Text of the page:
How can we create strong attachments with our children and why does it matter? In this intimate, rigorous book, a mother investigates the often misunderstood science of attachment theory while navigating her relationships with her own daughter and mother.
After Bethany Saltman gave birth to her daughter, Azalea, she began to feel that there was something ‘off’ about her experience of motherhood. She loved her daughter, but would often be angry, short on patience, even unkind. She worried that her own childhood had left her unable to properly bond. So she went on a journey to better understand herself, her daughter, and their relationship through the science of attachment.
Saltman launched a broad inquiry into attachment theory, a field of developmental psychology that answers the question of why — from an evolutionary point of view — love exists between parents and children. Focusing on the data from a famous laboratory procedure, the ‘Strange Situation’, she discovered that love is unbreakable. Each and every one of us — including her — is built for it.
In this deeply researched and enormously personal account, Saltman boldly asks science to answer to love, giving readers the tools with which to interpret and understand their own connections with others, and to have better, healthier relationships, whatever their situation.
‘Strange Situation is a beautiful exploration of what makes us human — our relationships. By artfully weaving together her own experiences as a mother, daughter, and wife with the science of attachment and the fascinating life history of one of its founders, Mary Ainsworth, Saltman helps us to see ourselves — and our relationships with those we love — in an entirely new way.’
Lori Gottlieb, New York Times bestselling author of Maybe You Should Talk to Someone
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‘This is a unique and thoughtful book — part memoir, part social science, part biography of Ainsworth and part self-help. Readers who are battling their own demons as parents may feel grateful for Ms. Saltman’s unsparing account of herself.’
The Wall Street Journal
‘Strange Situation is a book that will change you. Surrender to this seductive, searching, genius hybrid of social science and memoir and you will never hug someone, laugh, or hear a child cry the same way again.’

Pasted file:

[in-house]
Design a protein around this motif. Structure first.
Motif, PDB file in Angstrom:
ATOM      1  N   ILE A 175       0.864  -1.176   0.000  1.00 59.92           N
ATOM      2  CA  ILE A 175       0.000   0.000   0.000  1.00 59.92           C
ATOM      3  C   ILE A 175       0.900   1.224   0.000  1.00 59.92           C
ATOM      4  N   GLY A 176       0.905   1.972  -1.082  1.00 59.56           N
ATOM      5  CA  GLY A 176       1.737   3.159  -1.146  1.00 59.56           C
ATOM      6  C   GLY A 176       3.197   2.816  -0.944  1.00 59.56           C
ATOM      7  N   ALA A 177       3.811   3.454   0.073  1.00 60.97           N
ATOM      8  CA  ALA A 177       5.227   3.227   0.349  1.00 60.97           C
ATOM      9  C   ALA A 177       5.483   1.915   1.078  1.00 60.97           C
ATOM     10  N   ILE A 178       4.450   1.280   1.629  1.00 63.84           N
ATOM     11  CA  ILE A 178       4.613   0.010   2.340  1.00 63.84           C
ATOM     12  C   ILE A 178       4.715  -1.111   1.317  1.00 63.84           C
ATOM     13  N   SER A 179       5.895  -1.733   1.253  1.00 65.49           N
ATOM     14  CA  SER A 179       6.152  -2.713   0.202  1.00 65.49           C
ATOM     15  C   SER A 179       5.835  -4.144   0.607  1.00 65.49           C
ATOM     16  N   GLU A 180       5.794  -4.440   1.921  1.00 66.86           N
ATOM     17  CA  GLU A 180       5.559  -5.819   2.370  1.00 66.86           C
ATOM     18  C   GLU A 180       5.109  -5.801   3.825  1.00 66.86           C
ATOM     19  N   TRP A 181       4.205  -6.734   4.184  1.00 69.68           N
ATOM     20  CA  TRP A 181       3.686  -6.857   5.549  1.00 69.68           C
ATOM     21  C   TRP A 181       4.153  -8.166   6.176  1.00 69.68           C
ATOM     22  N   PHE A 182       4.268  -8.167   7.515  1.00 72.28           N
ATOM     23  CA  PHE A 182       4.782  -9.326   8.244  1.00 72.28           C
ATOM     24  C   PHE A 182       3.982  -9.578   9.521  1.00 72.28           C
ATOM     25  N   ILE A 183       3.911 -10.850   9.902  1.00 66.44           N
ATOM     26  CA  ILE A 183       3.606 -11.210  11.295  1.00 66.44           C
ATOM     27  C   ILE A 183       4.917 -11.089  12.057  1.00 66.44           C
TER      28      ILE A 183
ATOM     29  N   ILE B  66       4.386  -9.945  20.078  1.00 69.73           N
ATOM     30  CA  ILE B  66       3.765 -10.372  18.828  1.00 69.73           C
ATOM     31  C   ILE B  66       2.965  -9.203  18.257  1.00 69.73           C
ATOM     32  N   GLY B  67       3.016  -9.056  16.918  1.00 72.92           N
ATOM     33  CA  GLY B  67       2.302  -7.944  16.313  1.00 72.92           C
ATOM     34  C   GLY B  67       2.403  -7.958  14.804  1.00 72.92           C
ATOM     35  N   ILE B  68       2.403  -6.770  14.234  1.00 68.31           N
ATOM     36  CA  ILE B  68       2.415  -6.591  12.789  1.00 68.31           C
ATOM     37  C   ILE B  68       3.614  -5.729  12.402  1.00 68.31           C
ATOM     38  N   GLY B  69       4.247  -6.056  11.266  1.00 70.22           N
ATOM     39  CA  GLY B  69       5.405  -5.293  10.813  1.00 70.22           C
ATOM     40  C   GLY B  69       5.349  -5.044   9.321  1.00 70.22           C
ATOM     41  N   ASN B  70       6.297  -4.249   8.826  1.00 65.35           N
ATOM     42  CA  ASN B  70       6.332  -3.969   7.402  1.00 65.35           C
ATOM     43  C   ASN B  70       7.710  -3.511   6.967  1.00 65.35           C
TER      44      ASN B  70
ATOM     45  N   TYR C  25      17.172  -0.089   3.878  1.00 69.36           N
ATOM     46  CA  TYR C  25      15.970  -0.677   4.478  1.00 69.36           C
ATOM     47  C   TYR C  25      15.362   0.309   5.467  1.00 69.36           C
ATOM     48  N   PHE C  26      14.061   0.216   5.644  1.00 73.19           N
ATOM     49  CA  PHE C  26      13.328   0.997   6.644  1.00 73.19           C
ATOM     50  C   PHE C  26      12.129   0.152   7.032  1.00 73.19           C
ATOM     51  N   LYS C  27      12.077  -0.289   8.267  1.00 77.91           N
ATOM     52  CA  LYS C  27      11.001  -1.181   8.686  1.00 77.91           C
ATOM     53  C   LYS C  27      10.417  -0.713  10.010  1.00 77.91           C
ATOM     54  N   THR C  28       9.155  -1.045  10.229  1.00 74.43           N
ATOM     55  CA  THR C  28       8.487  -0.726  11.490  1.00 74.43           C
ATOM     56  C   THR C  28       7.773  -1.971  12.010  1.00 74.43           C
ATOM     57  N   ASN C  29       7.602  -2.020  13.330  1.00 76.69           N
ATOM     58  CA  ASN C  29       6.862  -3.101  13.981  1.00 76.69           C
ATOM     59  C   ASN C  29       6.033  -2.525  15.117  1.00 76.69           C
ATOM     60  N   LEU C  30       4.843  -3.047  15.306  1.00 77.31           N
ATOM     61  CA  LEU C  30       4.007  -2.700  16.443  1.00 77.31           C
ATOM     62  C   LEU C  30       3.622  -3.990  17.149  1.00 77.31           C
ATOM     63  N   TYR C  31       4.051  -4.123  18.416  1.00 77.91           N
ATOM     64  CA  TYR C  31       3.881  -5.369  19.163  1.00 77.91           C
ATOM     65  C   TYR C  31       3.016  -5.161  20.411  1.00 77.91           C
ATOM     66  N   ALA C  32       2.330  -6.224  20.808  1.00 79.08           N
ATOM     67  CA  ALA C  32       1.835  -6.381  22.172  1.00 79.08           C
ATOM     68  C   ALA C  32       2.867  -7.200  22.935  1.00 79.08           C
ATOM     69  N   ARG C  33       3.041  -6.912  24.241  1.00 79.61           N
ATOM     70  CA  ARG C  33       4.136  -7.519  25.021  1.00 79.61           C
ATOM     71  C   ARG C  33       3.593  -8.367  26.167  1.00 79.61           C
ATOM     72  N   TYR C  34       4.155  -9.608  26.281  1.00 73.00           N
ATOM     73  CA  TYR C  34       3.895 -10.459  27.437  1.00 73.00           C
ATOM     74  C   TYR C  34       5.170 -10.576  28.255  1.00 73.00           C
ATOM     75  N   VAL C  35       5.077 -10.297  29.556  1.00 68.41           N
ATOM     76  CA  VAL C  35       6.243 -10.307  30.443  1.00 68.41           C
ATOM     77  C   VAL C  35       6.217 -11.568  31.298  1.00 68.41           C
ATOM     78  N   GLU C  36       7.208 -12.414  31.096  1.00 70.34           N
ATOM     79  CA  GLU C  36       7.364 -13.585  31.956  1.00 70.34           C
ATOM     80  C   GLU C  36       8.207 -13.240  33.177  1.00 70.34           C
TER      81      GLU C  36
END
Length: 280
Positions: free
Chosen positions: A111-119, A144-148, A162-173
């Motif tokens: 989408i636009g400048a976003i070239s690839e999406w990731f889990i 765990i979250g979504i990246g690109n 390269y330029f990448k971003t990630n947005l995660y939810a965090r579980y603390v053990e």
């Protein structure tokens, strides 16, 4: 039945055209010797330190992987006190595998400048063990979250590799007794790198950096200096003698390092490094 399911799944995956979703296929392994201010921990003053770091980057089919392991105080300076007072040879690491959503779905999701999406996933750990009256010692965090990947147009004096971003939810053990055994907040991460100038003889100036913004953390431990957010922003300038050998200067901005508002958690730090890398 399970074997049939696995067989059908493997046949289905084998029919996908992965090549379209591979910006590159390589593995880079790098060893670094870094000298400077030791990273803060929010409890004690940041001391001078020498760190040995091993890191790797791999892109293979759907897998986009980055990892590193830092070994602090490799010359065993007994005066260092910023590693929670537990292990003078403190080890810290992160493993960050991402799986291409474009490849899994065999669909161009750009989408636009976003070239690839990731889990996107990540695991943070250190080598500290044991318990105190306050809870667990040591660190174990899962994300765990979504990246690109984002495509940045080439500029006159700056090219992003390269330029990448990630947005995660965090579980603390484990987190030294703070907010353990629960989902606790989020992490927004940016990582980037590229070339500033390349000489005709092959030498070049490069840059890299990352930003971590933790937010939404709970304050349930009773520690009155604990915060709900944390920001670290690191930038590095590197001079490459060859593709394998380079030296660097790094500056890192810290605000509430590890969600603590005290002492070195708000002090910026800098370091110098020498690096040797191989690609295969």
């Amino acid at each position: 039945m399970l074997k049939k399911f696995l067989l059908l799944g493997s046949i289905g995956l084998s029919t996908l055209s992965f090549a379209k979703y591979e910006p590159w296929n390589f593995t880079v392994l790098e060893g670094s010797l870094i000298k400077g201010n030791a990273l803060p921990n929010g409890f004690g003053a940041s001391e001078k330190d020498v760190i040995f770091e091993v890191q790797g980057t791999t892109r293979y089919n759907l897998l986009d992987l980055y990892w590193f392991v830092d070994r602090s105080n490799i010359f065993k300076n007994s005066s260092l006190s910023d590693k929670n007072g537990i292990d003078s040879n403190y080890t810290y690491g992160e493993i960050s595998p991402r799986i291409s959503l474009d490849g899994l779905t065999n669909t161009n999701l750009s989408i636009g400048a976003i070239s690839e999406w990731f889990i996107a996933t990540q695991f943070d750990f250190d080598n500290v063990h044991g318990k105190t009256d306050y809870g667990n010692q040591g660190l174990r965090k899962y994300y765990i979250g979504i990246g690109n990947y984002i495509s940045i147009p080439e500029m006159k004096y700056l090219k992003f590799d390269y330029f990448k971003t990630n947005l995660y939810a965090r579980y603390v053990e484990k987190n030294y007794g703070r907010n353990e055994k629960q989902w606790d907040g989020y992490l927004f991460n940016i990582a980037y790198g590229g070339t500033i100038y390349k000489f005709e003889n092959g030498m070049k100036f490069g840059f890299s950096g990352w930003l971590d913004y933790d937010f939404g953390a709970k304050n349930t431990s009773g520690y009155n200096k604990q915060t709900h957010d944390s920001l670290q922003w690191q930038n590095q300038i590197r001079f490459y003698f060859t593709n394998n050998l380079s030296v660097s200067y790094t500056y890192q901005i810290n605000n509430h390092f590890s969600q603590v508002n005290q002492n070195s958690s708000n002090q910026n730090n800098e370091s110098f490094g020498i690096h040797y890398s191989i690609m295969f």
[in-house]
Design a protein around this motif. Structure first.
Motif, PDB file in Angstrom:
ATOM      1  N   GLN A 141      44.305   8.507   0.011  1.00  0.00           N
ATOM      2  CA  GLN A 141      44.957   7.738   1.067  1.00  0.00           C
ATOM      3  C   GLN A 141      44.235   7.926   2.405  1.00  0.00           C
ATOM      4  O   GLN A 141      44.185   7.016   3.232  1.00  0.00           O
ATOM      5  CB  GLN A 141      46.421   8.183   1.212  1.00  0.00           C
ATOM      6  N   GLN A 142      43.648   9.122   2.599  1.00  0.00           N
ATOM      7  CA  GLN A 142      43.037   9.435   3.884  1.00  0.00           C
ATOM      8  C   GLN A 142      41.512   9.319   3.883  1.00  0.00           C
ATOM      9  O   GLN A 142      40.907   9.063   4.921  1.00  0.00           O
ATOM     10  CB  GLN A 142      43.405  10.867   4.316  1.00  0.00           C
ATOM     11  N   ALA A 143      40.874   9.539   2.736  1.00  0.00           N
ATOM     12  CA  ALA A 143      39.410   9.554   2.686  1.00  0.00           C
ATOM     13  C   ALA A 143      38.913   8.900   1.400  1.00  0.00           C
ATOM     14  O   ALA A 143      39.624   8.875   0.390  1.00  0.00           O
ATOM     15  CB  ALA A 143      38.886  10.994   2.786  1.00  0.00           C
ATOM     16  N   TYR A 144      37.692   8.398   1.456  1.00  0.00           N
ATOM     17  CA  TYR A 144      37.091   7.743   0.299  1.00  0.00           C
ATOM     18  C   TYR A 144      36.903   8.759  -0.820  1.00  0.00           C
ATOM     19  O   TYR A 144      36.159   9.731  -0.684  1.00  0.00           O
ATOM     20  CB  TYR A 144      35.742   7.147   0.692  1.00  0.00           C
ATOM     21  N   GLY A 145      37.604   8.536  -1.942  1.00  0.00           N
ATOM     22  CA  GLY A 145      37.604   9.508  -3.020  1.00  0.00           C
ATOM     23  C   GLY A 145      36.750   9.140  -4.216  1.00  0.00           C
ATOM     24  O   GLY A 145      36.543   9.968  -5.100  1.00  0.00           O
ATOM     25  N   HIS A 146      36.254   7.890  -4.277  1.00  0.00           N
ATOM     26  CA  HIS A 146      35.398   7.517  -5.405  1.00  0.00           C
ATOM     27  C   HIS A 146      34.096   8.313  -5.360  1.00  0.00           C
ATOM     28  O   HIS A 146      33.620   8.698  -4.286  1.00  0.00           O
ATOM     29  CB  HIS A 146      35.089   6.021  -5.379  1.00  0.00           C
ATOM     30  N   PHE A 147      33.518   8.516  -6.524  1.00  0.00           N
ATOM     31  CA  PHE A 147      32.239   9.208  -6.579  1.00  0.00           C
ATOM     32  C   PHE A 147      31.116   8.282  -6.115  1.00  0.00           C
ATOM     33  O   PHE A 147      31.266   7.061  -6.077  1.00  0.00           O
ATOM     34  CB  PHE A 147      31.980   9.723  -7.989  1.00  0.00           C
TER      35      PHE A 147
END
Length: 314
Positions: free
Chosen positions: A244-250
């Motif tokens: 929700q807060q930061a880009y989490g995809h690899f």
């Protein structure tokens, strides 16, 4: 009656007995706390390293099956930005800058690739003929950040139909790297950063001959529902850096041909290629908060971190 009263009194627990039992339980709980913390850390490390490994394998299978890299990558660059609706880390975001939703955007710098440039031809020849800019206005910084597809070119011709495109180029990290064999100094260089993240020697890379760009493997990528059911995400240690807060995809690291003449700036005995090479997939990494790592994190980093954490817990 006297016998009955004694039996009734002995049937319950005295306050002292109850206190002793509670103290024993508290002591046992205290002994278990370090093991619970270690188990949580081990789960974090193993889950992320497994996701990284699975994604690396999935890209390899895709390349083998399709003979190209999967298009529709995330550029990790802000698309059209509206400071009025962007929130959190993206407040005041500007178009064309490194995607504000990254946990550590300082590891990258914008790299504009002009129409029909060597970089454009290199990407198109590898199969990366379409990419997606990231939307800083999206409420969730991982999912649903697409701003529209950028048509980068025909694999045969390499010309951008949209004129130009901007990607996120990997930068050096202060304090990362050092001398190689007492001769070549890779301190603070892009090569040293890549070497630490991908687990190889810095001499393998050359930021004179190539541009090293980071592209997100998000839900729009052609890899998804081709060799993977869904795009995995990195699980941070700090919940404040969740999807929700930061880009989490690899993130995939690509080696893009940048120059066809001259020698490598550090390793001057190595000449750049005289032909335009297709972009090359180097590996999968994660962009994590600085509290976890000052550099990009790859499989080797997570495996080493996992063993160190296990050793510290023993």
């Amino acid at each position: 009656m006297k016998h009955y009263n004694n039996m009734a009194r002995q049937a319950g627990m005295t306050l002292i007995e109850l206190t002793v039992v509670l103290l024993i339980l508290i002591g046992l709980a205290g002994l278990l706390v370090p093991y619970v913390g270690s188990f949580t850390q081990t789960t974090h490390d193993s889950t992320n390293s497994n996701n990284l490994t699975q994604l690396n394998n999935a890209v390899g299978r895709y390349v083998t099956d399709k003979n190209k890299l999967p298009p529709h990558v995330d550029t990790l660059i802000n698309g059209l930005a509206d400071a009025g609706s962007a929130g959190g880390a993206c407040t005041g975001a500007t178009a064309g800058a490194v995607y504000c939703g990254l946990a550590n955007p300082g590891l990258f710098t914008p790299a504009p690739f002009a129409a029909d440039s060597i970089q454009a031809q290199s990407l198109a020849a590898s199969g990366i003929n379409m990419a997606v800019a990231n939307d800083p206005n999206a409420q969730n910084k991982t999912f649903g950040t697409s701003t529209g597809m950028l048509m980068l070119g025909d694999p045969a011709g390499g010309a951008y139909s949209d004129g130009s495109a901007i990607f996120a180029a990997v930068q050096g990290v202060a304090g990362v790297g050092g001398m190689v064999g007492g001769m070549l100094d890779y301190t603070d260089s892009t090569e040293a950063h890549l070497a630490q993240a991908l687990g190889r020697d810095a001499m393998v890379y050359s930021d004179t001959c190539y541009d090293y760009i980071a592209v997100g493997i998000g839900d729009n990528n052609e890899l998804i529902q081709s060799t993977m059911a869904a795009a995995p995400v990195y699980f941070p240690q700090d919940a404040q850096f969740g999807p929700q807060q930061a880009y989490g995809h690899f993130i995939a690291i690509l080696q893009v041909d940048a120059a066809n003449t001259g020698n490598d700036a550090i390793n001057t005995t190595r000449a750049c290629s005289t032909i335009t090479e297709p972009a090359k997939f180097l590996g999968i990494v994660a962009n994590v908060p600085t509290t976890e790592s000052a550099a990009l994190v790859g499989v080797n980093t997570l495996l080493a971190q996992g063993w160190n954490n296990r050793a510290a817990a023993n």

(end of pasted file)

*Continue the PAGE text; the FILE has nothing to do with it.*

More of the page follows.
Wednesday Martin, bestselling author of Primates of Park Avenue and Untrue
‘Brilliant, brutally honest, and ultimately redemptive, Bethany Saltman’s powerful and meticulous new book, Strange Situation, made me see my own childhood and my own parenting in a fascinating new light. This book flooded me with emotions and questions, but unfolded like an epic drama. I couldn’t put it down.’
Amy Chua, bestselling author of Battle Hymn of the Tiger Mother and Political Tribes
‘This extraordinary book tells the story of attachment research and summarises the key findings of half a century of research in a gripping manner. It is a book that will appeal to everyone with an interest in early relationships, the nature of bonding, as well as the history of developmental science. It is an exceptional achievement for Saltman to have created a ‘pageturner’ that reveals the excitement behind the discoveries of attachment research. A must-read for anyone interested in childhood and those who have spent their lives studying it.’
Professor Peter Fonagy OBE, Chief Executive, Anna Freud National Centre for Children and Families ?
‘[A] fascinating deep dive into attachment theory ... Carefully researched and with copious endnotes, this is an excellent resource for anyone interested in child development.’
‘An examination of the psychological attachment between parent and child from both personal and more detached points of view ... [H]onest and complex. A thoughtful engagement with a topic that affects all parents.’
‘A beautifully written account of the courage, luminosity, and sheer audacity of loving someone.’
Sharon Salzberg, author of Lovingkindness and Real Love
‘Absorbing … Saltman tells two separate stories here: One is her personal journey as a mother, the other the story of the science of attachment. But the narratives are also deeply intertwined … Saltman is at her best in her chapters on Ainsworth and the development of attachment theory.’
The Washington Post
‘[A] fascinating mix of memoir and the history of a major revolution in the scientific theory of the relationships we form in our first year of life.’ STARRED REVIEW
‘A decade’s worth of research informs this engaging exploration of how humans learn to delight in each other and in life itself.’
The Age, Fiona Capp